Three of the five University of California, Berkeley athletic programs that were set to be axed from intercollegiate competition were saved from the chopping block this morning.
Campus officials announced today that the school will now preserve women’s lacrosse, women’s gymnastics and rugby because of new “philanthropic commitments.”
In September, the University decided to remove five teams from intercollegiate participation in an effort to make its Department of Intercollegiate Athletics solvent. However, newfound funding will allow three of these sports teams to stay afloat, all while the department remains on track to reduce its budget by $5 million annually by 2014.
“We are all greatly impressed by how our community organized itself in the attempt to help these five sports and the university,” said Vice Chancellor Frank Yeary in a statement. “We are delighted that, together, we have found a path that allows us to retain the two women’s teams and our rugby program without adding costs to the strained budgets of the university and Cal Athletics.”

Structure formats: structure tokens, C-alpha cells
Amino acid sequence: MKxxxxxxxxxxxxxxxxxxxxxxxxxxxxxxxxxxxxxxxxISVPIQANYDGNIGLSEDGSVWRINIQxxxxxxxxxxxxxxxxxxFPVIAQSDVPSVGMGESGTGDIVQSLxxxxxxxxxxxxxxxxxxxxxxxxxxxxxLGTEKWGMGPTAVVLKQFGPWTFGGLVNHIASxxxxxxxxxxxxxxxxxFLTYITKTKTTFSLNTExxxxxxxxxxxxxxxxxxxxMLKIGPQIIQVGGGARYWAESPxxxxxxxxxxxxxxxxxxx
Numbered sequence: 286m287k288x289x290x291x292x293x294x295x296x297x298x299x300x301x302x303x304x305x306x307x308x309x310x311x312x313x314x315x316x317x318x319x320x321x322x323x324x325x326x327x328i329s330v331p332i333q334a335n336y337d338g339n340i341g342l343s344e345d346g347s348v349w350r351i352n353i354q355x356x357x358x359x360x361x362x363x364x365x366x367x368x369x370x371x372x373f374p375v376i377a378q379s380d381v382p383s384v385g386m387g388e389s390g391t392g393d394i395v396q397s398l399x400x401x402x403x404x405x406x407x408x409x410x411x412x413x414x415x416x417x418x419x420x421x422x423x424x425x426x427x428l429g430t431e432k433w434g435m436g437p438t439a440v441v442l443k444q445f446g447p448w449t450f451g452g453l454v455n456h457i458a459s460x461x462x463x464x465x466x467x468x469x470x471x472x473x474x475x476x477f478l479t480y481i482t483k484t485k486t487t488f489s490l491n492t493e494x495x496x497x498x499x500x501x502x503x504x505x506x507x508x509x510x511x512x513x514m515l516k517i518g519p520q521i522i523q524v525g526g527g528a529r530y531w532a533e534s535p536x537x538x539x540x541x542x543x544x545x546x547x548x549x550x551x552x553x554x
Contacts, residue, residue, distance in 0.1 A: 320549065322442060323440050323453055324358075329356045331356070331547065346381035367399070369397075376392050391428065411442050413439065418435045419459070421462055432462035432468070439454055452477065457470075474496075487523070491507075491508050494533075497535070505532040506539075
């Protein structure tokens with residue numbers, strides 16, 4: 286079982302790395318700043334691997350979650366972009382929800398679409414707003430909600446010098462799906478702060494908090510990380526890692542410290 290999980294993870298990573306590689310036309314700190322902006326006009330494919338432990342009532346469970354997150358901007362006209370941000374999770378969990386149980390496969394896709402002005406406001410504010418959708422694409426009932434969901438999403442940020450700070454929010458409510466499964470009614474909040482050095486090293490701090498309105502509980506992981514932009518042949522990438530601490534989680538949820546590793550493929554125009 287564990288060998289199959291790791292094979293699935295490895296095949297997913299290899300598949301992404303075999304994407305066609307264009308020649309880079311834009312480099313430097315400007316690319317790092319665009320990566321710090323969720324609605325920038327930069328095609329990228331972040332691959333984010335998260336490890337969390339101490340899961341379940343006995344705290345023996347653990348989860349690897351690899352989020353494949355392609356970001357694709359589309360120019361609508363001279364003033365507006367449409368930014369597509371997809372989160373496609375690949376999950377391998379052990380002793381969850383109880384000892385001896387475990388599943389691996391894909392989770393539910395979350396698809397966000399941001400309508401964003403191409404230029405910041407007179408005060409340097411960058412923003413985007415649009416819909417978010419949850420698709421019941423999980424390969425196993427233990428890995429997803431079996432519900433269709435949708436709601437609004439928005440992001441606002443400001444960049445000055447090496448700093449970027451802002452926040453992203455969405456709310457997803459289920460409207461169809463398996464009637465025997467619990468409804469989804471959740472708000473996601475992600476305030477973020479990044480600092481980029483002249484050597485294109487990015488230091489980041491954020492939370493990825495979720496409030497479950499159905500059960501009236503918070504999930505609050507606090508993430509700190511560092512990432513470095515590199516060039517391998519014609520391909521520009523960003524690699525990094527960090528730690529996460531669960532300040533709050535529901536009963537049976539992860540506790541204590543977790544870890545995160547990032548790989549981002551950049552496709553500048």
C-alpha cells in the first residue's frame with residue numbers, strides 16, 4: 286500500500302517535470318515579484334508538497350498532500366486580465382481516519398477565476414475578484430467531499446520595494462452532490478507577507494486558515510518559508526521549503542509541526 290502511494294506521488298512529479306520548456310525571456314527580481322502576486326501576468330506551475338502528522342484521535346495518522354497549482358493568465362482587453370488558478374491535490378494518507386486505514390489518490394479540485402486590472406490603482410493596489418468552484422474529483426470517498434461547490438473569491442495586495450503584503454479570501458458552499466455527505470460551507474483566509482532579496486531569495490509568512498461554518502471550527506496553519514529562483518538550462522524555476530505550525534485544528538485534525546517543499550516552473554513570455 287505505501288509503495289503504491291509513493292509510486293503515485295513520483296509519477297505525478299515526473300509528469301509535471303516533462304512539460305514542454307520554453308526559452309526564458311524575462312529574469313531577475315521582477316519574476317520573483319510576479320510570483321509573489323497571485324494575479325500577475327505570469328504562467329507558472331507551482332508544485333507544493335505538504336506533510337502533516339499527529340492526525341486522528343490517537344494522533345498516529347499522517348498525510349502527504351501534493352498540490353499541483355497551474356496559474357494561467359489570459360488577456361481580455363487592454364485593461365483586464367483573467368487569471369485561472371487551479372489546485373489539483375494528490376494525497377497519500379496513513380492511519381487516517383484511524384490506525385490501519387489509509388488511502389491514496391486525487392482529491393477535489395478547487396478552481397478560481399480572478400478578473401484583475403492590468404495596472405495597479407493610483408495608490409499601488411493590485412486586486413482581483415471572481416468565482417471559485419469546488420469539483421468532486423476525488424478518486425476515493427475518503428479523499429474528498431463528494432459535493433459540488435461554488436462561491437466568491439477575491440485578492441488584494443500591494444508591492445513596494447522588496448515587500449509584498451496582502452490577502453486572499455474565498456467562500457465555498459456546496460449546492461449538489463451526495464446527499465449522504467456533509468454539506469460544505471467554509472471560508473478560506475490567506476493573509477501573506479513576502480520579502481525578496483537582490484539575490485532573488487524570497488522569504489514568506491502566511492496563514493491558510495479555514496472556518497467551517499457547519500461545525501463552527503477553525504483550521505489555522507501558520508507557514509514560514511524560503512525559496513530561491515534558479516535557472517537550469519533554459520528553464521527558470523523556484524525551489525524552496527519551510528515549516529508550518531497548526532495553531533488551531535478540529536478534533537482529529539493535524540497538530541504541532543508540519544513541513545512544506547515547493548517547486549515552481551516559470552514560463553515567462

The school’s baseball and men’s gymnastic teams were less fortunate and will still be eliminated by 2012. This will bring the total number of Cal athletic teams to 25.
Today’s announcement means that no women’s teams at the University would be affected by the cuts. A recent article in the New York Times suggested that teams could possibly reinstated to fulfill requirements of Title IX, the federal equity in sports law.
“By offering all of our women’s sports, we can meet the requirements of Title IX in a way that will allow the return of men’s sports, provided that the returned sports can cover all direct and indirect costs, including those of support programs and use of facilities,” wrote Chancellor Robert Birgeneau in a statement.
In September, The Daily Cal revealed that Cal athletics had fallen deeply into the red and required $13.7 million in campus support during the 2008-09 fiscal year. After the announcement of the cuts in September, team supporters aimed to raise $25 million to ensure the survival of the five teams over the next 10 years.
Baseball and men’s gymnastics “fell far short” of its fundraising goals, according to Birgeneau.